Latest update: April 30th, 2012
NBC’s “Saturday Night Live” has once again inspired dismay among at least some Jewish viewers who feel the line between simple bad taste and outright anti-Semitism was crossed on the Dec. 17 edition of the long-running show.
The segment that raised hackles was a musical claymation production by veteran SNL writer Robert Smigel, titled “Christmastime for the Jews,” which strained to find humor in the annual phenomenon of non-Jews becoming scarce on city streets on Christmas Eve and Christmas Day, leaving Jews sole stewardship of the public square.
Whatever one thinks of Smigel’s take on how Christmas serves to accentuate the differences between Jews and their Christian neighbors, this is hardly the first time “Saturday Night Live” has been accused of at least pushing the envelope in its references to Jews and depiction of Jewish characters.
For example, a skit that aired on Dec. 4, 1999, included a scene in which then-SNL regular Ana Gesteyer and actress Christina Ricci discoursed on such subjects as Jewish control of the country’s banks and the forgiveness Christians have granted Jews “for having killed” Jesus.
In its three decades on the air, SNL — which has always been heavily dependent on Jewish writers and, except for a few years in the early 1980’s, has been run from its inception by Jewish executive producer Lorne Michaels (born Lipowitz) — has routinely turned to Jewish themes, with results that have ranged from the silly to the reprehensible.
A short list would include a parody-automobile commercial of a mohel performing a circumcision in the back seat of a car as it careened wildly through an obstacle course; the late Gilda Radner portraying a gum-popping, vacuous Jewish American Princess; a “dating video” sketch starring former series regular Gary Kroeger as a geeky, perverted dentist named Ira Needleman; a home-shopping program featuring Tom Hanks as an underhanded Israeli electronics salesman; the endlessly recurring segments involving the Linda Richman “Coffee Talk” yenta; and an infamous skit involving a Passover seder, a boorish Jewish family, and guest host Jerry Seinfeld as Elijah the Prophet.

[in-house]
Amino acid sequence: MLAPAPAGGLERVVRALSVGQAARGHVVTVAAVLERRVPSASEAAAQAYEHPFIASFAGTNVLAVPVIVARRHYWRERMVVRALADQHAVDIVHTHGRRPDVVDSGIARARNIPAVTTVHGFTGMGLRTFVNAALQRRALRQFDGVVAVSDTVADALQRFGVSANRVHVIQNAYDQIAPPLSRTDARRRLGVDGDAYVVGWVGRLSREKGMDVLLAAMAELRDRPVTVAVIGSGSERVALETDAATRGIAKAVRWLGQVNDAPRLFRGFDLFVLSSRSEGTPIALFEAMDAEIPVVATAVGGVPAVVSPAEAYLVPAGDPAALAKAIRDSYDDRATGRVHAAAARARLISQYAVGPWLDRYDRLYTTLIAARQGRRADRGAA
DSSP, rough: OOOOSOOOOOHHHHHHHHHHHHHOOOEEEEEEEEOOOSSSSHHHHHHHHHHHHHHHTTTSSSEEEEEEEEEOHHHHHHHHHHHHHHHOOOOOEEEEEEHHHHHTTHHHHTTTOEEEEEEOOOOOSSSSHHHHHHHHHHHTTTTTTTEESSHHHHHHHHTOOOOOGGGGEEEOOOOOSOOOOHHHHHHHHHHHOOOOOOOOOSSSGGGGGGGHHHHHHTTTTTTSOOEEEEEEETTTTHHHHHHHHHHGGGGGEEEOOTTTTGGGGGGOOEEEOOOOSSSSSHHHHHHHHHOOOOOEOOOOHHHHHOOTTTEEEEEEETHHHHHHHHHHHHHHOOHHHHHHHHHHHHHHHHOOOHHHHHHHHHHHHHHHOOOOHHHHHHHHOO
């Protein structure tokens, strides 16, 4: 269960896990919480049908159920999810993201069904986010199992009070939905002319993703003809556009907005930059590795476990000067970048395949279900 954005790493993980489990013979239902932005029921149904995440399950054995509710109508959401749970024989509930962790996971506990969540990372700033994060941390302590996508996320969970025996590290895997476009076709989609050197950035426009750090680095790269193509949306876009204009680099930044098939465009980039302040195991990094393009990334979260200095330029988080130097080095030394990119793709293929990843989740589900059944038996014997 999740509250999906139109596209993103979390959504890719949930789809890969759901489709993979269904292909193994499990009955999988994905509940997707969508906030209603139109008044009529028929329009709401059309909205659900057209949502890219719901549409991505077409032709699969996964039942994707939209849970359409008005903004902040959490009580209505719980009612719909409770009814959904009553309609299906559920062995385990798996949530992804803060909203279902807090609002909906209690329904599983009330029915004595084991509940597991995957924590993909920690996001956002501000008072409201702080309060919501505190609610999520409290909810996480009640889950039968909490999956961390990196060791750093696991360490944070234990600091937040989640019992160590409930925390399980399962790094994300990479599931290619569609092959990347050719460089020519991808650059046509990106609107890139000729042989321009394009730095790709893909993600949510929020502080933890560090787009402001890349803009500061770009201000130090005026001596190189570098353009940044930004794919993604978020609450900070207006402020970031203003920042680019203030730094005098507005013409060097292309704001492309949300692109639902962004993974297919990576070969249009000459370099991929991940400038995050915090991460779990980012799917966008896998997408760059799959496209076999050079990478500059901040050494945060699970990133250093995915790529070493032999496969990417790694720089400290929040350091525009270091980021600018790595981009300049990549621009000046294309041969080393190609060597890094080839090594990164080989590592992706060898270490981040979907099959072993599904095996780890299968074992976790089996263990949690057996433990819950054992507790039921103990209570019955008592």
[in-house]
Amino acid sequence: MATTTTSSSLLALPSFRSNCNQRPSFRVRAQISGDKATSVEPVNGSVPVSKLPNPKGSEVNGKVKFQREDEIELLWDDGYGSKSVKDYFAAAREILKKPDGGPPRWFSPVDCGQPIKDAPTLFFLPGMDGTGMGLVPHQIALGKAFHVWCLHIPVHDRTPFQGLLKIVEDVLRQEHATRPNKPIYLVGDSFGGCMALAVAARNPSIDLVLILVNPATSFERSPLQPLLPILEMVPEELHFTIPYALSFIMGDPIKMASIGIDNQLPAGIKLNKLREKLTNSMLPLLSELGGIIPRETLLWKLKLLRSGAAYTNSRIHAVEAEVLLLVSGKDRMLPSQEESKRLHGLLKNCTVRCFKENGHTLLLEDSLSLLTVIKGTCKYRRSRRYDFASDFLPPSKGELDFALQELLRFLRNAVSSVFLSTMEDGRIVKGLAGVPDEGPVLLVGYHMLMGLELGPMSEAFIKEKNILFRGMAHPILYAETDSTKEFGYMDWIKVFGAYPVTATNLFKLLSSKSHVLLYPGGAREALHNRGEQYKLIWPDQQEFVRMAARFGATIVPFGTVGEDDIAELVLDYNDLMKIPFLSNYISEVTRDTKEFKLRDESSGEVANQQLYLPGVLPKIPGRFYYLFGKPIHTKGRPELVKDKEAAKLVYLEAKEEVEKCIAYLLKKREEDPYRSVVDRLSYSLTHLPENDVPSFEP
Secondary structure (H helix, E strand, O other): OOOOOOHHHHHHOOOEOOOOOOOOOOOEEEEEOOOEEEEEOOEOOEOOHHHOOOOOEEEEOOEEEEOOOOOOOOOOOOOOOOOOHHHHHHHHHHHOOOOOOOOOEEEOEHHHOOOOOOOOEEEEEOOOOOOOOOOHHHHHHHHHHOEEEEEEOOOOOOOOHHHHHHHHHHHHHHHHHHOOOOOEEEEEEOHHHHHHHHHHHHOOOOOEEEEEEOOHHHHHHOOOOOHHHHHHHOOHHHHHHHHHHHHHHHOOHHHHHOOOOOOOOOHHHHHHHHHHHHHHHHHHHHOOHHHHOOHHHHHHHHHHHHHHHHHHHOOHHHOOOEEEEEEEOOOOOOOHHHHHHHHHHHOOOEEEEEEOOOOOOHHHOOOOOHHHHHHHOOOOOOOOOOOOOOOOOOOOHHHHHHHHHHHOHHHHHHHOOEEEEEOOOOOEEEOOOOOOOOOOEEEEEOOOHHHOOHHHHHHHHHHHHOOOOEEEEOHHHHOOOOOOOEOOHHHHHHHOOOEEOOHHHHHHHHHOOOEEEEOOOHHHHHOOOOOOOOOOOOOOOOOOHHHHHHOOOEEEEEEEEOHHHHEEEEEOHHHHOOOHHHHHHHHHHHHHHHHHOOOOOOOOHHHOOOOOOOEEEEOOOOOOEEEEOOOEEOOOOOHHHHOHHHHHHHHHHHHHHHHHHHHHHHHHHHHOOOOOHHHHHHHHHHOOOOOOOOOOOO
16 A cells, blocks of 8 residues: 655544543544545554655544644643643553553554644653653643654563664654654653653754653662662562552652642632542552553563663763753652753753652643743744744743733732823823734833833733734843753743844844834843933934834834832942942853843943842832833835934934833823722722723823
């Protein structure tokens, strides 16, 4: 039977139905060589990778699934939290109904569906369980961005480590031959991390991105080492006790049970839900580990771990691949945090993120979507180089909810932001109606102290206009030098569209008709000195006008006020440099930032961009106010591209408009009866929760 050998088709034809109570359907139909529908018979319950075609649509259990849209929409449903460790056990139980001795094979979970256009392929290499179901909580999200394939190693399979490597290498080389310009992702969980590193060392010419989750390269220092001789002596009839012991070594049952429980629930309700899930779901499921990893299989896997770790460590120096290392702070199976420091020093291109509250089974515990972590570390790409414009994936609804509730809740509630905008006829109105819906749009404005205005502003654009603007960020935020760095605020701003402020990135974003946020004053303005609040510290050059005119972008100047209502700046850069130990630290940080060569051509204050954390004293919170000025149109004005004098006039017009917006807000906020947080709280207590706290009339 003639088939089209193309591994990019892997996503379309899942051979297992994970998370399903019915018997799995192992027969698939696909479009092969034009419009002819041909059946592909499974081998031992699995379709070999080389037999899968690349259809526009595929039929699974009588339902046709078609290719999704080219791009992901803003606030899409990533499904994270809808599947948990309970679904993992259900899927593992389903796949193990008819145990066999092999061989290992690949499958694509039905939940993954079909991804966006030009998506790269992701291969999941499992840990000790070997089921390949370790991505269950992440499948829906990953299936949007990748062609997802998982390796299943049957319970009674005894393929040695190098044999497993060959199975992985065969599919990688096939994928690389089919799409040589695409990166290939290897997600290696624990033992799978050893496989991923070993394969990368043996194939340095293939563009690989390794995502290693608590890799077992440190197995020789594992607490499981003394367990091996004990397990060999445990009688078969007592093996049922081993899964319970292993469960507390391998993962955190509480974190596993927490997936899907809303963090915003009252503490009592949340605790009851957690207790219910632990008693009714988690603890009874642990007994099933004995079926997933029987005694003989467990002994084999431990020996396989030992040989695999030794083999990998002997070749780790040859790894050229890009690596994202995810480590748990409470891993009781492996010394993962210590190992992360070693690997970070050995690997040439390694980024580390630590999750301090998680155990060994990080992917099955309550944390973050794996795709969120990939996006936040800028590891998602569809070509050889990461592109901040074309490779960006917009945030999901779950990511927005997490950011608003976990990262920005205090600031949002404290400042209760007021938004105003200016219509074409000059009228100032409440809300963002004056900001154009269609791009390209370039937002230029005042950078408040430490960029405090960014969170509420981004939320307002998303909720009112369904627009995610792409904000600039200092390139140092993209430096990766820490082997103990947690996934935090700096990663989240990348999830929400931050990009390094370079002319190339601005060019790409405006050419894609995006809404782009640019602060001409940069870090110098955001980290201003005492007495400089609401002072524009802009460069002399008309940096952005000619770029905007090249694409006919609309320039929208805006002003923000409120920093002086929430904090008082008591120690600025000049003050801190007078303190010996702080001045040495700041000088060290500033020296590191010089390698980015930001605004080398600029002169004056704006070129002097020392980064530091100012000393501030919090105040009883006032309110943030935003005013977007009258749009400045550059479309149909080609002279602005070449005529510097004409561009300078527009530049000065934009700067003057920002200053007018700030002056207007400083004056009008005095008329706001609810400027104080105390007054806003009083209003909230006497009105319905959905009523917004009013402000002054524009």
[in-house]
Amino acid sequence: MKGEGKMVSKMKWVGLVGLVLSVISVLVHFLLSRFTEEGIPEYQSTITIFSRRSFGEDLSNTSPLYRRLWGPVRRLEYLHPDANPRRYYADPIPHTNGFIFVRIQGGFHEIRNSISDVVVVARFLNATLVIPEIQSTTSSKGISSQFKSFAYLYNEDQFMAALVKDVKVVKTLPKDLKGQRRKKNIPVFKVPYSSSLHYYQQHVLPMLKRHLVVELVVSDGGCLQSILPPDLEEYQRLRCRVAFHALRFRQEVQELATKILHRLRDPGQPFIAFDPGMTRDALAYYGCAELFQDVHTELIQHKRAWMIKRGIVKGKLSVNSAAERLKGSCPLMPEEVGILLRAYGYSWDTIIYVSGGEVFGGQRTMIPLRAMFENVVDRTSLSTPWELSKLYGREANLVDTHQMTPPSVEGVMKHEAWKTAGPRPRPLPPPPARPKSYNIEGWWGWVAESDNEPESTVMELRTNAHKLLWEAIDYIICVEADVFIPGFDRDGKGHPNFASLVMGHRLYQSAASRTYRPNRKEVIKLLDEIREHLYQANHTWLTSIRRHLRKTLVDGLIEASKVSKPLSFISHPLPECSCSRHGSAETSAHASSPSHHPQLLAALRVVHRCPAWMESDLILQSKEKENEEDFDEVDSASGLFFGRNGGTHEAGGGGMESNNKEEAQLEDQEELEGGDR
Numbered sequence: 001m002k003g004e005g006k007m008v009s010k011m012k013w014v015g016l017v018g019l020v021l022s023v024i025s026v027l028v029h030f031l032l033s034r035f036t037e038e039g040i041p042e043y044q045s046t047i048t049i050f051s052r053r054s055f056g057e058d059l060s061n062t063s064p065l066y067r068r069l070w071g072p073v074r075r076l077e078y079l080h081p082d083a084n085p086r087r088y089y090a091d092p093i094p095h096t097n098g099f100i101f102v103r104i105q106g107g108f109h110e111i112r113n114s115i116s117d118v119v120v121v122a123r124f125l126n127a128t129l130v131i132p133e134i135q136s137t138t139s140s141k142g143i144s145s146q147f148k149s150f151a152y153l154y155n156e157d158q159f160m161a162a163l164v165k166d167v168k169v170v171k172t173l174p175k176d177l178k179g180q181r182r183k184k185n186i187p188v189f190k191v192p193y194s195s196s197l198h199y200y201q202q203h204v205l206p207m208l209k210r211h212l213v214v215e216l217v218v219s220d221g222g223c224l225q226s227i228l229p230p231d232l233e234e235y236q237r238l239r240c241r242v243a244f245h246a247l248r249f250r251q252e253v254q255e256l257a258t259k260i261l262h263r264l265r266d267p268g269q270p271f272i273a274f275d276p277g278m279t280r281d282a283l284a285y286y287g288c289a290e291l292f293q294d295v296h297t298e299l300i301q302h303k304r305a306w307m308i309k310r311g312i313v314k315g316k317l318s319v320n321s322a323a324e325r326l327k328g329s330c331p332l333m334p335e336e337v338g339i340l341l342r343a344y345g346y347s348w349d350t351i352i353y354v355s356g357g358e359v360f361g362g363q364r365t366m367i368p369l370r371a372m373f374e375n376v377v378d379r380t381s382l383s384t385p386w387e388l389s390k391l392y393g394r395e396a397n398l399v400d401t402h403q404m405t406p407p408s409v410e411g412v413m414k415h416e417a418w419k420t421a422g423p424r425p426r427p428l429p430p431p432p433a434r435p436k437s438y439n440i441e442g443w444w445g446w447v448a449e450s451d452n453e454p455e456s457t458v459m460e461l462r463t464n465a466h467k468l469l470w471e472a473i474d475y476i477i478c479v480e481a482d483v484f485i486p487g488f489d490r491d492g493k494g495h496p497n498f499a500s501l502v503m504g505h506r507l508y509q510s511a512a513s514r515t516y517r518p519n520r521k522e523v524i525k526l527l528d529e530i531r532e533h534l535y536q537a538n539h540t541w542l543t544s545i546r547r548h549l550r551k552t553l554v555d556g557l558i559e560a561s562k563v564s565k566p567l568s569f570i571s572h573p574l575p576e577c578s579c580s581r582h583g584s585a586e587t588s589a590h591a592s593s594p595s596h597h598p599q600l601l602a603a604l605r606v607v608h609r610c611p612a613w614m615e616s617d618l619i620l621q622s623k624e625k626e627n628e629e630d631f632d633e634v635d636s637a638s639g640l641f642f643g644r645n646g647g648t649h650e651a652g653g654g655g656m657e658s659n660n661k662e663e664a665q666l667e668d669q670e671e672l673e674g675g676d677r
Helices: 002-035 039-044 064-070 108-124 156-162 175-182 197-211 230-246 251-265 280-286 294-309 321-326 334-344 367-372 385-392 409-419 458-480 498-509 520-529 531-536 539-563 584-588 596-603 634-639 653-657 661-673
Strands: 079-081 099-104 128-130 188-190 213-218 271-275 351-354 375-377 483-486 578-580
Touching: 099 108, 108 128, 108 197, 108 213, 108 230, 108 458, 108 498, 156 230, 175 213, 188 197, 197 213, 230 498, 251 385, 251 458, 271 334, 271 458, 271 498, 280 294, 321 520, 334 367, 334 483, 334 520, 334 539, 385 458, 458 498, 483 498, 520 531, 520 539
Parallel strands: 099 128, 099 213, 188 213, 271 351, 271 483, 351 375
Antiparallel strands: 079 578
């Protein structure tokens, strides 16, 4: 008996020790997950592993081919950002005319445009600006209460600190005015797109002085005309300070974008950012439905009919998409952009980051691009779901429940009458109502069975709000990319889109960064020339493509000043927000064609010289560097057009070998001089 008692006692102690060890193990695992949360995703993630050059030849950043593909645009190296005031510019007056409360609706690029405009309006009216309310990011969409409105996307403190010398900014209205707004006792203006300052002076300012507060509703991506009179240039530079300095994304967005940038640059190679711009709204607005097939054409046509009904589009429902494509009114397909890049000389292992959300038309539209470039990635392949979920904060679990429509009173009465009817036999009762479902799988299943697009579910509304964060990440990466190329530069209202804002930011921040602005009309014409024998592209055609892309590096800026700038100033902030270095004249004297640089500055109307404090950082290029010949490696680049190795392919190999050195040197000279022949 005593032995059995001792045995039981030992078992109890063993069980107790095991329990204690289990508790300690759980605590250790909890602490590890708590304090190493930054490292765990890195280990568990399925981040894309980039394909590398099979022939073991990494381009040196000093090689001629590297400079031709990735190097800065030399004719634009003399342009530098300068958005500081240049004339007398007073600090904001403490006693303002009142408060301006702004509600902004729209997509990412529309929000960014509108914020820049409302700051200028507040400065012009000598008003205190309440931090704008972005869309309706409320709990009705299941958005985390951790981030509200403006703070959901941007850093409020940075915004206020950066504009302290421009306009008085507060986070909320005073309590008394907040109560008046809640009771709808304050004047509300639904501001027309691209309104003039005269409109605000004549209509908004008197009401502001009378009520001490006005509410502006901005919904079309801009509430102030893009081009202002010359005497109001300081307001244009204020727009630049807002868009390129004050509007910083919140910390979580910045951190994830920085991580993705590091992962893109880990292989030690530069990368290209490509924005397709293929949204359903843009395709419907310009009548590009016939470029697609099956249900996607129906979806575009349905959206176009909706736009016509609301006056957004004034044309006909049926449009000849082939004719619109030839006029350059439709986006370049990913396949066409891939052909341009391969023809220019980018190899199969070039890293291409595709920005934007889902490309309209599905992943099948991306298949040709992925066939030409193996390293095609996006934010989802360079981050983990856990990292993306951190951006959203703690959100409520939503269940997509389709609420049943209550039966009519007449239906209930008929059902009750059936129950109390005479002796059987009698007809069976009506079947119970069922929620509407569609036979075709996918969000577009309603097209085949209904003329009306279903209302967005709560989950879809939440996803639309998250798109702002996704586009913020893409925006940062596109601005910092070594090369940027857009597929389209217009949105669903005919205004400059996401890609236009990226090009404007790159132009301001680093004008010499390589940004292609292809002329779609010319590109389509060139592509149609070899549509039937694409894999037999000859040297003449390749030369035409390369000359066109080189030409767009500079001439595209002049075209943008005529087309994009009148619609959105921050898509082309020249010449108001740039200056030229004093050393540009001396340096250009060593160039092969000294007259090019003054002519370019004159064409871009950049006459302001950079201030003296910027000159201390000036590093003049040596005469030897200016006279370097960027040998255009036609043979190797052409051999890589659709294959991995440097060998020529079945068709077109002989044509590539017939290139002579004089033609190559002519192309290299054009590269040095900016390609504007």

Speaking of Seinfeld, his NBC sitcom may have been one of the most successful in TV history, but it had a definite Jewish problem of its own as the “Seinfeld” writers went to near-ridiculous lengths to blur the ethnicity of their main characters — all of whom possessed the sensibilities of typical young New York Jews but who, with the exception of Jerry Seinfeld himself, had by the end of the series been identified in one way or another as non-Jewish.
Even worse was what happened whenever the show attempted to deal with Jewish subjects. As Entertainment Weekly’s Lisa Schwarzbaum observed, “The episodes with the blabby, buffoonish rabbi are uncomfortable and notably unfunny. And the story about a bris is as painful as the procedure.” Schwarzbaum also noted that in an episode where “Jerry was dating a girl who kept kosher, [Jerry’s friend] George meanly tricks her into eating trayf.”
Little wonder that TV critic Tom Shales wrote, as the show neared the end of its run in 1998, that “Seinfeld is Jewish but the Seinfeld he played on the show, a comic patterned after himself, of course, showed no respect for Jewish traditions or heritage, ever.”
The debate over how much, if any, of an effect Jewish comedians and comedy writers have on influencing public perceptions of Jews and Judaism is an old one, and is certain to continue for many years. It’s a real concern, though — one touched on by Sig Altman in the introduction to his 1971 study The Comic Image of the Jew. Describing an incident on a television talk show in the late sixties, Altman wrote that
An interviewee, in the course of a totally serious discussion, made the quite serious remark, “I looked it up in the Jewish Encyclopedia.” There immediately followed a burst of laughter from the studio audience, which obviously sensed a joke about to materialize, or perhaps saw one already born. The laughter rather suddenly subsided, however, as the collective realization apparently dawned that no joke was in fact intended. Nevertheless, the comic quality of the word “Jewish” in the public consciousness had been perfectly demonstrated.
About the Author: Jason Maoz is the Senior Editor of The Jewish Press.
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